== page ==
Chandos Reviews

We try and keep a list of reviews of our concerts. We rely on people sending us the review so if you have one that is not listed here please contact us. All the reviews are copyright the original listed publication. To see the concert that the review refered to, click on the date.


A beautifully chosen programme, some outstanding orchestral playing diffused through with considerable sensitivity, and a fine soloist combined to make this perhaps the best of the Chandos' concerts I have ever heard.

A spirited delivery of Walton's Overture: Portsmouth Point, spiky rhythms alongside fine unison strings and a super tuba, opened the evening.

It continued with a breathtaking interpretation of Britten's Concerto for Violin and Orchestra by soloist Lorraine McAslan. She really understood this tragic. elegiac music and as she surmounted technical demands and dug deep into dark shadowy emotions, the Chandos met her challenge.

A solo timpani rhythmic beat pursued by the lyrical high flying violinist set the mood for the first movement.

In the second, Lorraine danced, the orchestra integrated with full-blooded involvement, woodwind adding decoration to the soloist, prefacing her cadenza of brilliance — harmonics flying off, double stopping, lyricism and so much more.

Trombones made an entry as they pronounced the theme of the closing Passacaglia. A tortuous ending came as orchestra and soloist rose in lamentation.

Noble, majestic music of Elgar's Symphony No.l was given a beautiful legato and expressive beginning, and through the Adagio, Michael Lloyd (conductor) drew a most lovely ebb and flow of sweeping melody, passionate and poetic.

Finally, with the return of the original theme, soaring strings, harps and horns added intensity to the full orchestra. This concert was the Chandos on top form and it deserved a larger audience.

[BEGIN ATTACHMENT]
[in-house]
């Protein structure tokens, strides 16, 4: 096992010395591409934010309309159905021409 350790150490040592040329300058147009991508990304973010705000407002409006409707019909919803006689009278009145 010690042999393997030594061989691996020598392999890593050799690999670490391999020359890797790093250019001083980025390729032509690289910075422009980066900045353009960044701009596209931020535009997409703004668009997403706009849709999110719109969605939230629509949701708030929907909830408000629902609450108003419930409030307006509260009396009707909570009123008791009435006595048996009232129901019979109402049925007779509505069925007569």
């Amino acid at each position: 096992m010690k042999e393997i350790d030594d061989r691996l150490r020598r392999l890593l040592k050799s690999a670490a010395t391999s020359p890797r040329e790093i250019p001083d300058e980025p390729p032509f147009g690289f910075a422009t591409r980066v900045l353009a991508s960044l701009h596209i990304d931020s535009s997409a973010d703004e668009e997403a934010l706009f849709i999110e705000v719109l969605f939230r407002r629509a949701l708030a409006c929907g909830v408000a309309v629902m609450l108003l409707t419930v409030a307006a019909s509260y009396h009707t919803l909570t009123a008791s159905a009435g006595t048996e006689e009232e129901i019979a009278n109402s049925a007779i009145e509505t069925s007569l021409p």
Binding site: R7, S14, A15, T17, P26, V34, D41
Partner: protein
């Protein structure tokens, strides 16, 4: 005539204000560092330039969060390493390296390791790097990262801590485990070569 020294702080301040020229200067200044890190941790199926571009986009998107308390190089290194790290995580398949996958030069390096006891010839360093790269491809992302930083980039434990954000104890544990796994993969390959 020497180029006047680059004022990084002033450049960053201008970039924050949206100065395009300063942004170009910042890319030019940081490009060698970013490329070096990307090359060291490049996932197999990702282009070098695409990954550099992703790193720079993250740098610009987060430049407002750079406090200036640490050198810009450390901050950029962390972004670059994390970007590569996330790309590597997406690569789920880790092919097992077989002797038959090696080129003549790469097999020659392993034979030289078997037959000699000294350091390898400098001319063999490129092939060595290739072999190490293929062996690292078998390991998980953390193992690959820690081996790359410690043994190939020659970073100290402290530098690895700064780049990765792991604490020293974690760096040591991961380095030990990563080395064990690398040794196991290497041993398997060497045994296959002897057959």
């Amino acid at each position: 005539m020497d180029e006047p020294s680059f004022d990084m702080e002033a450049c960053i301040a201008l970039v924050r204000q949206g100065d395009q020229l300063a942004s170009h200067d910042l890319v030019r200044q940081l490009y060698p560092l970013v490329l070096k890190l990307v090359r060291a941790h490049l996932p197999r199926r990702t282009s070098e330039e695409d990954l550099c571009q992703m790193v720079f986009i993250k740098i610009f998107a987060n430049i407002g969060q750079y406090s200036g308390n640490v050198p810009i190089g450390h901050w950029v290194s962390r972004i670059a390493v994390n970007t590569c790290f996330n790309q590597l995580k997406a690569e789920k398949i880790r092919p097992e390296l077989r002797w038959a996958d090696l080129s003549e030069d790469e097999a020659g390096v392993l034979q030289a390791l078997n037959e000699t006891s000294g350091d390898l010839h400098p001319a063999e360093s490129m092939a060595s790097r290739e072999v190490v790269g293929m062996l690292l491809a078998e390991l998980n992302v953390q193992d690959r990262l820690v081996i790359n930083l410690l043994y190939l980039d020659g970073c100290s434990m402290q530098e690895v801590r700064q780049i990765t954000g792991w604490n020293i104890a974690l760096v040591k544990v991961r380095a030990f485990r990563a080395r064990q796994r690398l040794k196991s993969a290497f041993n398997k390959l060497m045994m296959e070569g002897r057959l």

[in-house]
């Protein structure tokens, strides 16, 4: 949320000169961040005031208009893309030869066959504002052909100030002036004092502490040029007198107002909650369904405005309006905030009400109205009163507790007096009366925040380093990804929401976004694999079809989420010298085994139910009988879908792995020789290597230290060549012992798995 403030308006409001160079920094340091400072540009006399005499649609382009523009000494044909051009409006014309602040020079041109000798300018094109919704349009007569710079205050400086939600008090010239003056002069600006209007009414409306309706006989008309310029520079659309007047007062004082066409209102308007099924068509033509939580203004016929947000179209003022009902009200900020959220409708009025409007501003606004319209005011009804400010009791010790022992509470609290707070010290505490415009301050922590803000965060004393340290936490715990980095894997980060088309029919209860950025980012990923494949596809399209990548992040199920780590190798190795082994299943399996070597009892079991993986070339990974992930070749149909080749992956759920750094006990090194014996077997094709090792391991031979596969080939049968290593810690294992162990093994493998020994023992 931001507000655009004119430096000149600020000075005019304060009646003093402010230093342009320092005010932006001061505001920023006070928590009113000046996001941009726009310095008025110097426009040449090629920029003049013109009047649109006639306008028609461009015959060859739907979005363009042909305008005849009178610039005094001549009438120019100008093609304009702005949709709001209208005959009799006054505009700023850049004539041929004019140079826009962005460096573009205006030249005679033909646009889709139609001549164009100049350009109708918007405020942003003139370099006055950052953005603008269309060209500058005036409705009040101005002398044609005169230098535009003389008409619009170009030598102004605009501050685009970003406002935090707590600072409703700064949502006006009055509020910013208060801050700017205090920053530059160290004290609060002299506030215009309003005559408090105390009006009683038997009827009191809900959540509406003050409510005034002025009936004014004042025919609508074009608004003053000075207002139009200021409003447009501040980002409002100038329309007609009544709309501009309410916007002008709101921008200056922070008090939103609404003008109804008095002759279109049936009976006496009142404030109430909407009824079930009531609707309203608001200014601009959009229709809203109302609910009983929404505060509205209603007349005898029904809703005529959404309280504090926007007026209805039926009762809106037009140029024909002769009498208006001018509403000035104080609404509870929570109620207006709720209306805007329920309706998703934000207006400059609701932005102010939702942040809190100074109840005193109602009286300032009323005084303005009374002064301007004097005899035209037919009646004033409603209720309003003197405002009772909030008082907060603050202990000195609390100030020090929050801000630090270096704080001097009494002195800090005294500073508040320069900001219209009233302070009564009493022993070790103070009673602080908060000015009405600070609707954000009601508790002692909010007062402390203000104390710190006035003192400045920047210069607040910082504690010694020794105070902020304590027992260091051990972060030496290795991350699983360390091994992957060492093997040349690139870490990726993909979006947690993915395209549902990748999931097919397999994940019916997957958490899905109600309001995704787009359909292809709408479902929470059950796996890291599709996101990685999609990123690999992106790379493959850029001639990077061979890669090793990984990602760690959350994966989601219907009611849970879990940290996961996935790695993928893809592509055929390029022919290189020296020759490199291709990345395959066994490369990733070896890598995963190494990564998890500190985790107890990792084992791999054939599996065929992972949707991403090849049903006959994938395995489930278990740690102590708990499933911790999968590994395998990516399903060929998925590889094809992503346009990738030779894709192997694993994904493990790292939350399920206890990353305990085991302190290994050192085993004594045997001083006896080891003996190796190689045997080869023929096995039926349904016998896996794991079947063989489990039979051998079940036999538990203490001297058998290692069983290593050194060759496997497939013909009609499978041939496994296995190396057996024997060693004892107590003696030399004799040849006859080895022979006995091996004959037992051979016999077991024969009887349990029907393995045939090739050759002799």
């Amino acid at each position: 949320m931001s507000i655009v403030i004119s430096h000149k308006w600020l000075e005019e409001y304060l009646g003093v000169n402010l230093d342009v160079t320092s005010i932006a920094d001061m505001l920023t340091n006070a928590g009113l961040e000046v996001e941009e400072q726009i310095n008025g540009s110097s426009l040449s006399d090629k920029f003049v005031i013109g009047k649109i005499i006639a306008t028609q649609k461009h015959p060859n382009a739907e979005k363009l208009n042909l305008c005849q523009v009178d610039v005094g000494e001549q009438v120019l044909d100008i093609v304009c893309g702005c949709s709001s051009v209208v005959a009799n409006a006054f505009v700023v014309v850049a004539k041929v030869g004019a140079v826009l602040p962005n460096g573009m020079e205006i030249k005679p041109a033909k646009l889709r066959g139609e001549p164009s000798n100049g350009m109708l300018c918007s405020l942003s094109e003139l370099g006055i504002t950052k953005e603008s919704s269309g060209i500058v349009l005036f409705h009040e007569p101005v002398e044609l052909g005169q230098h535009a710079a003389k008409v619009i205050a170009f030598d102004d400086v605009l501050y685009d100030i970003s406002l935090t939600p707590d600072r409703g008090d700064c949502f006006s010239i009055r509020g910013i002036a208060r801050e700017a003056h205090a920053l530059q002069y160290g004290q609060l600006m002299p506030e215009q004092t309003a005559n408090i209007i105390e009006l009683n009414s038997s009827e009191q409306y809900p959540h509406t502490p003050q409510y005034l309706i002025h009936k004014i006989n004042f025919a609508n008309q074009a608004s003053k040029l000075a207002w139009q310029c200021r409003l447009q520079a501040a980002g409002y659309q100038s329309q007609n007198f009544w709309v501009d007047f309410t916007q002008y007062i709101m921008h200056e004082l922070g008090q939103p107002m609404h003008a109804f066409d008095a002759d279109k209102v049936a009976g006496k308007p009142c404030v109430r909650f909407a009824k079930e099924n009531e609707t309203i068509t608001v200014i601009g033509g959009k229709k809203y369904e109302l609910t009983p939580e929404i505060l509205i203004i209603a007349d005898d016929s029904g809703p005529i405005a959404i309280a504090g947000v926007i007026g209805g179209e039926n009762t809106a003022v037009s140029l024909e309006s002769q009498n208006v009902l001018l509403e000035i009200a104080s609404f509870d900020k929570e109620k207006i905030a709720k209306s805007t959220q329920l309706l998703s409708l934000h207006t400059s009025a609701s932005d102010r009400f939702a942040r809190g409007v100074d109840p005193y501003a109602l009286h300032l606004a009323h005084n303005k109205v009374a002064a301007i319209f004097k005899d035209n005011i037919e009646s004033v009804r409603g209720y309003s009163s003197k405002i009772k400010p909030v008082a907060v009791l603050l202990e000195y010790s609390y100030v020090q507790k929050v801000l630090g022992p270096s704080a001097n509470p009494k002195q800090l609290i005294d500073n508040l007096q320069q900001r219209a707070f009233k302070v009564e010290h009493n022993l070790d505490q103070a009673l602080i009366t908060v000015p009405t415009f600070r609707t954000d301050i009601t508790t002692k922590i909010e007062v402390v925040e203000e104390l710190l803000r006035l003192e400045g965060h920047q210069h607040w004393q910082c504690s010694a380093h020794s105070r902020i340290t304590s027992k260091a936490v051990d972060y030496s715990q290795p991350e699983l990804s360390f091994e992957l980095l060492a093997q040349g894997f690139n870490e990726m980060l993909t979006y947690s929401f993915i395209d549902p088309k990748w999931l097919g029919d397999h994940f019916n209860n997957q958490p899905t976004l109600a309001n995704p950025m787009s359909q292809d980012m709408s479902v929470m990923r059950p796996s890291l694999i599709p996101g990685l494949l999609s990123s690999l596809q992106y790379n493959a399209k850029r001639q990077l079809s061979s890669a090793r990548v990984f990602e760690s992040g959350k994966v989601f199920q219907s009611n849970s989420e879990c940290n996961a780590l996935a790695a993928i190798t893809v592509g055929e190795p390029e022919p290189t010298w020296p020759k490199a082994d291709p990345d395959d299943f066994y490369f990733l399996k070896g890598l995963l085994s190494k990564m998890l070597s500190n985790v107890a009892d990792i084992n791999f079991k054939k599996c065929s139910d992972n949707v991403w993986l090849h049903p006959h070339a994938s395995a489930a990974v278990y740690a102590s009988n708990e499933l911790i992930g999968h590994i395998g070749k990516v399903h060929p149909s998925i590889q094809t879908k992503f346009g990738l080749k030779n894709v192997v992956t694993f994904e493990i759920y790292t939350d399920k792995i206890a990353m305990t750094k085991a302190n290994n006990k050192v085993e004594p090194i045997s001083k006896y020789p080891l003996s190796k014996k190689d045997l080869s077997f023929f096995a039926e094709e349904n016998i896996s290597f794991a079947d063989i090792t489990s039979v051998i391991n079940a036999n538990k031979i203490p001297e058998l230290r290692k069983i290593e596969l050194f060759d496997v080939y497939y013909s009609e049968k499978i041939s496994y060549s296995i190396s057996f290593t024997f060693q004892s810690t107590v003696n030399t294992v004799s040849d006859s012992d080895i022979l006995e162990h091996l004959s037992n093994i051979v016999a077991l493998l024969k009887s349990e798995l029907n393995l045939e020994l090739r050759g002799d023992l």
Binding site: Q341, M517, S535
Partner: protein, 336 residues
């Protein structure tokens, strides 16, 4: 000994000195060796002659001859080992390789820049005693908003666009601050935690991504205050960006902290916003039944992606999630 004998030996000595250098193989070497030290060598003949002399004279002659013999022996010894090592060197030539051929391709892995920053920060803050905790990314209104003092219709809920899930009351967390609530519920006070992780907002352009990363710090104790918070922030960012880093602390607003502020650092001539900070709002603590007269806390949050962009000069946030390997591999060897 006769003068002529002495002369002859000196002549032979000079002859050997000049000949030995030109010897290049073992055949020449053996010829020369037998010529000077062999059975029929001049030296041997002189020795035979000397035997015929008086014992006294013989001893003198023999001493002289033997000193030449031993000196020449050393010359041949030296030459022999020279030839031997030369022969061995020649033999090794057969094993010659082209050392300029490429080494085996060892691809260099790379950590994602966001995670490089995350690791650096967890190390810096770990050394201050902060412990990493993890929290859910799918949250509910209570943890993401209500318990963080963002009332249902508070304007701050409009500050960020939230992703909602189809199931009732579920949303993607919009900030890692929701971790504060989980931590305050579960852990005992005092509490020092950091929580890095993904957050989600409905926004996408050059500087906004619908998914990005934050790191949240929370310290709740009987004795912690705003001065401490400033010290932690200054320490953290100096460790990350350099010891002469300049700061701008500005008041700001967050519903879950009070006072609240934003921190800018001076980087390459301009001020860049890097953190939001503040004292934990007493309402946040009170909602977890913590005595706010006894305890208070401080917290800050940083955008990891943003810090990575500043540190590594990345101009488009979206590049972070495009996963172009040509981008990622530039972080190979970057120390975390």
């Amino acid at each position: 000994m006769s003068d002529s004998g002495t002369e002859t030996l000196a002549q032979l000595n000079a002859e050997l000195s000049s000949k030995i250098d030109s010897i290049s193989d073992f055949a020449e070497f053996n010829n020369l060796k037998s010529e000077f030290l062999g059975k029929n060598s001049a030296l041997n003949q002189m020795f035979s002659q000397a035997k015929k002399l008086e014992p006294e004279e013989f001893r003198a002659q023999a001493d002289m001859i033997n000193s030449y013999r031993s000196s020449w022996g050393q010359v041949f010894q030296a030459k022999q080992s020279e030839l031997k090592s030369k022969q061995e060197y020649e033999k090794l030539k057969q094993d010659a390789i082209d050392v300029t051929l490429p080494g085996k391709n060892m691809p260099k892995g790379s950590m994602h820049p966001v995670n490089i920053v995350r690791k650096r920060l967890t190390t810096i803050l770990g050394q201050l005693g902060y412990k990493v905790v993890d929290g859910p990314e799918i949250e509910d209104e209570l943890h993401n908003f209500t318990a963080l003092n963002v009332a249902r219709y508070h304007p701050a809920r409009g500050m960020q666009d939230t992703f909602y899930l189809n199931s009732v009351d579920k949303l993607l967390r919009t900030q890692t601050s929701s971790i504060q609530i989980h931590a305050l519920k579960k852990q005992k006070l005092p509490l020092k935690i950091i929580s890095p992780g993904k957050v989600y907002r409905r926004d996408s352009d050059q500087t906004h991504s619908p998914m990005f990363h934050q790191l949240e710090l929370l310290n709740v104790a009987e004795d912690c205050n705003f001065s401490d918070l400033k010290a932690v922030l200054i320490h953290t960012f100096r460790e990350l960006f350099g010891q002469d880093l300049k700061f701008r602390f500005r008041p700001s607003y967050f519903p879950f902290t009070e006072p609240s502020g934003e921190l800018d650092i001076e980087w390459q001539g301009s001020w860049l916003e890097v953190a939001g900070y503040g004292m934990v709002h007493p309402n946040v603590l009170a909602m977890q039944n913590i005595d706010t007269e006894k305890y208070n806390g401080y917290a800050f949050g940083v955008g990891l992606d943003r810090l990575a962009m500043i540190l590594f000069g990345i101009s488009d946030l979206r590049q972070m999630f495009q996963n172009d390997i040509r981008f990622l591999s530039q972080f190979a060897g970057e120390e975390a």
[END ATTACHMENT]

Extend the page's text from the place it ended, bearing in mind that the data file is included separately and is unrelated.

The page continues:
Jill Hopkins

Still developing as an instrument, the marimba can easily be viewed as a vehicle merely for spectacular virtuosity.

And brilliant technique was certainly in evidence on Sunday, when the diminutive Yin-Shan Hsieh showed fascinating command of this bigger, mellower relative of the xylophone in Keiko Abe's Prism Rhapsody. Winner of the Chandos Young Musician 2006 prize, Yin-Shan is a student of Birmingham Conservatoire, and indeed two of her fellow Conservatoire percussionists were playing in the Chandos Symphony Orchestra accompanying her.

There were some striking visual images, such as the spider's web-like patterns woven in the air by three mallets gripped in each hand, and hypnotic single-mallet bravura rippling across the rosewood bars.

But there were also great reserves of musicality in evidence: subtle nuances between the hands, an almost sexy shaping of phrases, and a magical interlude of nocturnal sounds exchanged between soloist and the enthusiastically supportive orchestra.

A Rachmaninov-like cadenza near the end prepared us for that composer's rewarding Third Symphony, the orchestra here responding with great flexibility to conductor Michael Lloyd's natural rubato whilst preserving an underlying strong rhythmic pulse.